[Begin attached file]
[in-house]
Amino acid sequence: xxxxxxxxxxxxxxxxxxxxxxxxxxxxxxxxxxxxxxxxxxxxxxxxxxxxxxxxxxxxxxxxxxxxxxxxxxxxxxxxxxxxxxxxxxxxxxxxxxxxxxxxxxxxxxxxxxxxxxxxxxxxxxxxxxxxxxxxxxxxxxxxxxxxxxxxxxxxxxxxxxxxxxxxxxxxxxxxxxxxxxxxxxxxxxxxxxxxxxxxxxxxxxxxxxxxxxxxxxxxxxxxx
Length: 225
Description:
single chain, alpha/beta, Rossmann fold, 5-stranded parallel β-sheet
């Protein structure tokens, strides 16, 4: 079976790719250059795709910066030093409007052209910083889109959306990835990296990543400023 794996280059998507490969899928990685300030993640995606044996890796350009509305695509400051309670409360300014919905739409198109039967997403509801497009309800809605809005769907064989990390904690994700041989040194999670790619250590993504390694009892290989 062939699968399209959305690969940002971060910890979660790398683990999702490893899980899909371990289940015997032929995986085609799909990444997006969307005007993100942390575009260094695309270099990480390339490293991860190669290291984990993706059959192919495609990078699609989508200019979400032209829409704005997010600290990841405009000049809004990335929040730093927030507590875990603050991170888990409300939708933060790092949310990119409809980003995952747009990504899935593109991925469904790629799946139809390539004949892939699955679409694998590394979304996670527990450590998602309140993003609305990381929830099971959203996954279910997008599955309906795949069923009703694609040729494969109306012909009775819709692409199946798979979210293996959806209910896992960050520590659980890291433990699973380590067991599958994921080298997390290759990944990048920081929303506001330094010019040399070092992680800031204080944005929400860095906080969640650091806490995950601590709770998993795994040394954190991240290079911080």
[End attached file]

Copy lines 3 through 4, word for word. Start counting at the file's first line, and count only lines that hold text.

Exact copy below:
Length: 225
Description: